Jessica Chamberlain has a love of books, a love of learning and a drive to help people — three traits of a good librarian.
It was those traits combined with solid leadership skills that led Chamberlain, the director of the Norfolk Public Library, to be named as a finalist for 2018 Norfolk Area Person of the Year — an award sponsored by Elkhorn Valley Bank and the Daily News.
Chamberlain was nominated for the award for her role in helping prepare the Norfolk library for the future with its $8.7 million renovation and expansion, which was completed and unveiled in May.
While Chamberlain acknowledges she put a lot of time and effort into the project, she refuses to claim the honor of the nomination alone.
“This honor is extremely humbling and not one I can claim on my own,” Chamberlain said. “This was definitely a team effort. I was just in the right place in the right time.”
Chamberlain became the director of the Norfolk Public Library in 2012, two years after moving back to the community in which she spent the first few years of her life.
“I was born in Norfolk, but my dad worked for Goodyear, so we moved away when I was 5,” she said.
Chamberlain said she moved all over the country and developed a deep love for books while growing up. After high school, she attended Milligan College in Johnson City, Tenn., from which she earned degrees in English and sociology.
“I started working in libraries kind of by accident,” she said.
While looking for a part-time job and considering a master’s degree in education, Chamberlain began working at a library in Ohio, where she and her husband, David, had settled.
“I just loved it,” Chamberlain said. “I did story time, which is probably why I’m still drawn to the kids’ area. I have a real love for that. I decided libraries is what I wanted to do.”
She received her master’s degree in library science from Kent State University in Ohio and then later moved with her husband, who is a musician, and two children Ellie and Ian — who are now in middle school — to Norfolk in 2010.
Chamberlain initially provided consulting and training for mostly rural libraries while working for the Columbus-based Northeast Library System, a nonprofit organization funded by the Nebraska Library Commission.
Although she loved the job, Chamberlain said she couldn’t pass up the opportunity to apply for and later accept the director’s position at Norfolk Public Library in the fall of 2012.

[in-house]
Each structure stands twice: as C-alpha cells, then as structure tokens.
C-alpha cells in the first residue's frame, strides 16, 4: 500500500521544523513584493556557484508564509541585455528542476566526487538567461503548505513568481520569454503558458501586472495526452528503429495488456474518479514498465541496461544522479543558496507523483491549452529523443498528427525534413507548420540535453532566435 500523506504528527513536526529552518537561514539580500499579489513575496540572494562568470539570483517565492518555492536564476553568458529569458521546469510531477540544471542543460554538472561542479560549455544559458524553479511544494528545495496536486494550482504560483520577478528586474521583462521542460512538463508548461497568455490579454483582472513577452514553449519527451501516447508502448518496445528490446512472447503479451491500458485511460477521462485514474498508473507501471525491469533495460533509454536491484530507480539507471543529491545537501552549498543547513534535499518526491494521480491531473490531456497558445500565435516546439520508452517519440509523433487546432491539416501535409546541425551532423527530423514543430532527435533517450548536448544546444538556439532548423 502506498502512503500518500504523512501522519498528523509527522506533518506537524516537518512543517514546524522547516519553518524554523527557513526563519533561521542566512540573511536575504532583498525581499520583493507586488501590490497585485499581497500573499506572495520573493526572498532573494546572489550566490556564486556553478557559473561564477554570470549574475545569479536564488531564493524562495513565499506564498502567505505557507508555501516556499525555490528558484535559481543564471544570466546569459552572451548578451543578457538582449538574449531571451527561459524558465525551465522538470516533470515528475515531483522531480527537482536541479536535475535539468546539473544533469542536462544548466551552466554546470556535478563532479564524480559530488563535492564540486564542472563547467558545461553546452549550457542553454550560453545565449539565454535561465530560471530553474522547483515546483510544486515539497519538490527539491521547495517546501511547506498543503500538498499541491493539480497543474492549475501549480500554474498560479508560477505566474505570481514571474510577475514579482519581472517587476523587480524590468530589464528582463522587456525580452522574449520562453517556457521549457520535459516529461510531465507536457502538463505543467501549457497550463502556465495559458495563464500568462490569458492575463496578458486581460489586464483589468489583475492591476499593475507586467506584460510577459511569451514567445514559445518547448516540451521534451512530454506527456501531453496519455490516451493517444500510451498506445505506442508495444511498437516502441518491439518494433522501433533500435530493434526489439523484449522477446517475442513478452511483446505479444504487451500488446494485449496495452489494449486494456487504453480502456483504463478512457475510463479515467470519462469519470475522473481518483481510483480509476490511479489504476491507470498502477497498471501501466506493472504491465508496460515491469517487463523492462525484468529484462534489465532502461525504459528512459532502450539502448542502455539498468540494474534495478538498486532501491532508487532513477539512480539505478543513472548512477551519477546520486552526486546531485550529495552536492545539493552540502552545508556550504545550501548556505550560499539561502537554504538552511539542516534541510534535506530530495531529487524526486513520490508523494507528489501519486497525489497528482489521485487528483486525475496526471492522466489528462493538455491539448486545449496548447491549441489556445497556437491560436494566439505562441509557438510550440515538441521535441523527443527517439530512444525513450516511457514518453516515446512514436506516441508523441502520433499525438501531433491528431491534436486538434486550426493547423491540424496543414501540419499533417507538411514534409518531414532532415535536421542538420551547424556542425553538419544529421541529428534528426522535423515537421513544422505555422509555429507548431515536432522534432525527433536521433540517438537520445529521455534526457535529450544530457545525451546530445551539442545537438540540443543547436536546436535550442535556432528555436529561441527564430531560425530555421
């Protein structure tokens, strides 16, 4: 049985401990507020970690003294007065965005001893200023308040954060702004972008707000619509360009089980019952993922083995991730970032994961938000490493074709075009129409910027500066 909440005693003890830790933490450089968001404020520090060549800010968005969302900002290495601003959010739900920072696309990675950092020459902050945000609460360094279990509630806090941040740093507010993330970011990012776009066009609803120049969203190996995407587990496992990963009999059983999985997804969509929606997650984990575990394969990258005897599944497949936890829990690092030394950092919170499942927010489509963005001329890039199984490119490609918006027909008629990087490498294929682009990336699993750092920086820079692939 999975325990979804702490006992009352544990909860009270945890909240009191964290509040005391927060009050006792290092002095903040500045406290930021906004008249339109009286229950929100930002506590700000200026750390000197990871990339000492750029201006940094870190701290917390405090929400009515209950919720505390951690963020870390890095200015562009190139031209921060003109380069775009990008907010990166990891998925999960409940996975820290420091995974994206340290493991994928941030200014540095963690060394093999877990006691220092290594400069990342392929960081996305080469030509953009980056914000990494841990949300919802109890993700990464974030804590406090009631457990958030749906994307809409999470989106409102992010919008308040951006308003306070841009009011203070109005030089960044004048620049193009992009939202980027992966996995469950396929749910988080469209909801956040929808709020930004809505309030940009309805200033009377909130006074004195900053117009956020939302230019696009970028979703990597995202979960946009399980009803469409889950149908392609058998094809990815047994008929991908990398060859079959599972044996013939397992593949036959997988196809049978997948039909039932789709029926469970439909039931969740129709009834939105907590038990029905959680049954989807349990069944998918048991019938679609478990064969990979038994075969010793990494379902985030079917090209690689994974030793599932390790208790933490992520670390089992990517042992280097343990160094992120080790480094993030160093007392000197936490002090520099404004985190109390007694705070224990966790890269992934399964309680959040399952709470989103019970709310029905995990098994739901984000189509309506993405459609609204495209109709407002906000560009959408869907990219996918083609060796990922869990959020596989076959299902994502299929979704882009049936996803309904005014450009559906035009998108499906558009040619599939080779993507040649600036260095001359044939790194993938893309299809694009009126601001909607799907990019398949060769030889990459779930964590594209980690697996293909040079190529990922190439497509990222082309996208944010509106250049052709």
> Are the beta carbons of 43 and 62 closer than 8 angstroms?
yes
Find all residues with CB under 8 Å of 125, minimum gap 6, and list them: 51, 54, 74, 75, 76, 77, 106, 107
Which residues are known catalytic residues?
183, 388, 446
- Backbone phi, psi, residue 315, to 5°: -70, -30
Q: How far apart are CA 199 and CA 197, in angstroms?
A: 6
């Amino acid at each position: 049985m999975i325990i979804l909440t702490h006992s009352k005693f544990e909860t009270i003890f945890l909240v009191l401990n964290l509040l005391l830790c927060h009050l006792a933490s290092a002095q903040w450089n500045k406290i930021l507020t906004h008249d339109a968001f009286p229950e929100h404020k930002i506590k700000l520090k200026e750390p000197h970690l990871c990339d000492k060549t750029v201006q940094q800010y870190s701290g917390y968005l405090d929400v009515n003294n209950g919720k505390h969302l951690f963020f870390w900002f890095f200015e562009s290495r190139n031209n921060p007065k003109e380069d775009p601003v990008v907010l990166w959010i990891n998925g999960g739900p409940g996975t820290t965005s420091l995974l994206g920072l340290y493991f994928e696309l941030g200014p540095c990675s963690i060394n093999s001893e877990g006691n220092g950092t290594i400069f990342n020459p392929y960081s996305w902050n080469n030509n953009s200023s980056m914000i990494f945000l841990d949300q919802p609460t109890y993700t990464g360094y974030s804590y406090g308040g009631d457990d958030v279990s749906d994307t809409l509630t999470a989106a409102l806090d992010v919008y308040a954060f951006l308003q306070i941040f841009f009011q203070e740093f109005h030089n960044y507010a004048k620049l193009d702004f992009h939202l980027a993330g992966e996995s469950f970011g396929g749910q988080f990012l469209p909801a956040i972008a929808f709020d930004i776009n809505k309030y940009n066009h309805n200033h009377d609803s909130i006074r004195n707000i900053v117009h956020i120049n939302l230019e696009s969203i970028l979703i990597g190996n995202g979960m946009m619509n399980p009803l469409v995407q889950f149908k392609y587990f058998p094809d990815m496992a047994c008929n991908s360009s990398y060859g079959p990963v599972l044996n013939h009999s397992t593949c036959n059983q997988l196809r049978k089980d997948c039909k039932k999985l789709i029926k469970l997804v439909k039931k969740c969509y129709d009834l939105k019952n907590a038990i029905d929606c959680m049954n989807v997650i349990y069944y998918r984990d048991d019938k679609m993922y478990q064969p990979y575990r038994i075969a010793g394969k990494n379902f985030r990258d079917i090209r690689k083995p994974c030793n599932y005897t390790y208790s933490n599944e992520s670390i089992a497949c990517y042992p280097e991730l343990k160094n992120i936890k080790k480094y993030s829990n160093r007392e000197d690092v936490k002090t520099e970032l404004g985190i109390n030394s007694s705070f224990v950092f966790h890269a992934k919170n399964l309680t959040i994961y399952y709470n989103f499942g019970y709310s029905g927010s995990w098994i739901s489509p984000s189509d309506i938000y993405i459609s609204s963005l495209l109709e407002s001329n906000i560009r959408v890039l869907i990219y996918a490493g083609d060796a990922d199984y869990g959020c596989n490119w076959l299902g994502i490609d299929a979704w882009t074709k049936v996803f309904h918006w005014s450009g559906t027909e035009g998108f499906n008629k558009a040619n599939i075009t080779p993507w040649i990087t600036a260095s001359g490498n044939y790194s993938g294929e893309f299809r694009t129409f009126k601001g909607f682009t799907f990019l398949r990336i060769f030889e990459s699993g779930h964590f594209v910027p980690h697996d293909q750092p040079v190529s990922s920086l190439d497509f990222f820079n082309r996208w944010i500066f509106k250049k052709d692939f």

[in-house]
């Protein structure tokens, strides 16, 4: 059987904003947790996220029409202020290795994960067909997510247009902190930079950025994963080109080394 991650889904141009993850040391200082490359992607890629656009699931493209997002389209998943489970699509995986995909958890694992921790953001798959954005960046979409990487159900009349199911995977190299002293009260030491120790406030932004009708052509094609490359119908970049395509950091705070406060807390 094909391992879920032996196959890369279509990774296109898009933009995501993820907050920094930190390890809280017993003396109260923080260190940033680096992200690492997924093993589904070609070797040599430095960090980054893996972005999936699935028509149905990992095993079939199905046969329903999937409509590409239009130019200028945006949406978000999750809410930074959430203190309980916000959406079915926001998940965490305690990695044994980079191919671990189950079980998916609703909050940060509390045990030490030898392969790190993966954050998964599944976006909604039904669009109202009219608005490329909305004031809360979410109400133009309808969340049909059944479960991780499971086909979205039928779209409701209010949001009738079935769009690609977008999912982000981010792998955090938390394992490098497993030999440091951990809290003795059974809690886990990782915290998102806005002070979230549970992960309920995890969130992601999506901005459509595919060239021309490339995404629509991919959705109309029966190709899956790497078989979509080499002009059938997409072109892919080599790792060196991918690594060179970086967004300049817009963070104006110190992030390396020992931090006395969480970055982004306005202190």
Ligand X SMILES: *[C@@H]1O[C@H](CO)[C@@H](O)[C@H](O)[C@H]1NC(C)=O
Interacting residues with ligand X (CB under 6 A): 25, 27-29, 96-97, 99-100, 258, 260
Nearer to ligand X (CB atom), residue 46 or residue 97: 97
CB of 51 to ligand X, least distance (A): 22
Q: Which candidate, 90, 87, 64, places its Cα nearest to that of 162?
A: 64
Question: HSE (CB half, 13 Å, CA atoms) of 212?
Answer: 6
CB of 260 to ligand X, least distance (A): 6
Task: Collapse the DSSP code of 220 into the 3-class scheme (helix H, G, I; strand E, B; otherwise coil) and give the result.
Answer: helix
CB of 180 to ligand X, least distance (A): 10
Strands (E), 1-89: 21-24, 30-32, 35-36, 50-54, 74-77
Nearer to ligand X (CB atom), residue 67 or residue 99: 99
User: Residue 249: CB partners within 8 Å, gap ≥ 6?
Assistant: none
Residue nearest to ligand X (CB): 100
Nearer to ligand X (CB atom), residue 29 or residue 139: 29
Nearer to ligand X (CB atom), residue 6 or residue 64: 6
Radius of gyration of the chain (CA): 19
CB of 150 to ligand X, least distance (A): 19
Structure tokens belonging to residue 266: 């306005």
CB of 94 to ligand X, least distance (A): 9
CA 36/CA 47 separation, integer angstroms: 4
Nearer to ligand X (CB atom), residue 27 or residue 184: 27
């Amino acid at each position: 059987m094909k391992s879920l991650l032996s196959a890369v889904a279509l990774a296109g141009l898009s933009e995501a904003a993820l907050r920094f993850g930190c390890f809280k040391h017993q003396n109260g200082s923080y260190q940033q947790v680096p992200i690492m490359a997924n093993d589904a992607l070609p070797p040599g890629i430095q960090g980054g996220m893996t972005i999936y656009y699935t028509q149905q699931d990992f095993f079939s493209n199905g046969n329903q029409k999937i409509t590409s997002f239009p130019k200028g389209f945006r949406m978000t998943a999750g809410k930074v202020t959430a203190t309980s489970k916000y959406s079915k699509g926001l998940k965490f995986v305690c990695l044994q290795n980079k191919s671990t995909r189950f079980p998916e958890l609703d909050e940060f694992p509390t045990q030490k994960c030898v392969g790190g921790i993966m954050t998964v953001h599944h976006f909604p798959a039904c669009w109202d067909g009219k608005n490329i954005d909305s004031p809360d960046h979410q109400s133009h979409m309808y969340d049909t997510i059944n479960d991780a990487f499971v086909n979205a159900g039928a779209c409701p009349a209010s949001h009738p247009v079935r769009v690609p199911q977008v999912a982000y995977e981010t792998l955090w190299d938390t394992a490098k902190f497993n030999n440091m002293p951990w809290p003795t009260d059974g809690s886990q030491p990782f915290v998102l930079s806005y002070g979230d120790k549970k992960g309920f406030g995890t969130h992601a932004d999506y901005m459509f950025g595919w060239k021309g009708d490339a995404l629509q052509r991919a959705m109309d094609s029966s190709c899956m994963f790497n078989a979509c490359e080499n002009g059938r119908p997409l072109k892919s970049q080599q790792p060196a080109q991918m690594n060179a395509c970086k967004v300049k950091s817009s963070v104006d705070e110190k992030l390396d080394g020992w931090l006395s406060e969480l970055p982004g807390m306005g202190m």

Almost immediately after she took the job, the community’s need and desire for improvements to the facility became apparent. A space needs study conducted in the spring of 2013 showed what should be expected of a library in a community Norfolk’s size.
The Norfolk Library Foundation then funded a voter study to see if the issue might pass if the expansion and renovation was added to a ballot. The project was added to the ballot and passed in November 2014. The collection and stockpiling of a half-cent sales tax began the following spring, and work on the project began in April 2017.
“What amazes me is there were so many people who I don’t think could picture the end product and yet were so supportive and embraced the project and voted yes for the project and didn’t even really know how much they would enjoy it in the end,” Chamberlain said.
Chamberlain said the staff at the library and personnel from other city divisions worked hard to make the renovation and construction process run smoothly. Among the tasks undertaken was the relocation of each library item on three separate occasions to accommodate different phases of the project.
“That’s about 75,000 items — each touched and moved three times. Then we went back and inserted a new security system, so we had to touch every book again to put in a new security tag,” she said.
Chamberlain said the majority of her time during the construction and renovation was spent dealing with different meetings and issues concerning the project. She credited the library staff for stepping in to make sure library operations as usual continued.
The grand reopening occurred on May 29, 2018, a little more than a year after construction on the facility began.
After being hired as Norfolk’s library director, Chamberlain said she didn’t foresee leading the facility through such a monumental change.
“It wasn’t even on my radar,” she said. “But it wasn’t long after I started that it became clear that this was something they wanted to do. I didn’t know how quickly it would all happen or that this is what we’d end up with.”
There are too many positive aspects about the newly renovated and expanded library for Chamberlain to name a favorite, but she is partial to the children’s area because it’s such a fun space.
Now, nearly seven months after the grand reopening, Chamberlain said she finally has begun growing accustomed to the new surroundings and is settling back into her role as library director.
But she also is looking toward the future and setting new goals for the library.
“It’s more about where do we put our energy,” she said. “We know books are our bread and butter, and they will be for a long, long time. Beyond that, what other things can we do?”
She’s preparing to meet with library users and members of the community in 2019 to update the strategic plan for the facility.
“I see that (the library) is here to meet the community needs — whatever those needs are — if it fits in our mission of providing lifelong education and learning opportunities,” she said. “We’ve got such great forward momentum and great community support. I’d like to see them on that same positive path.”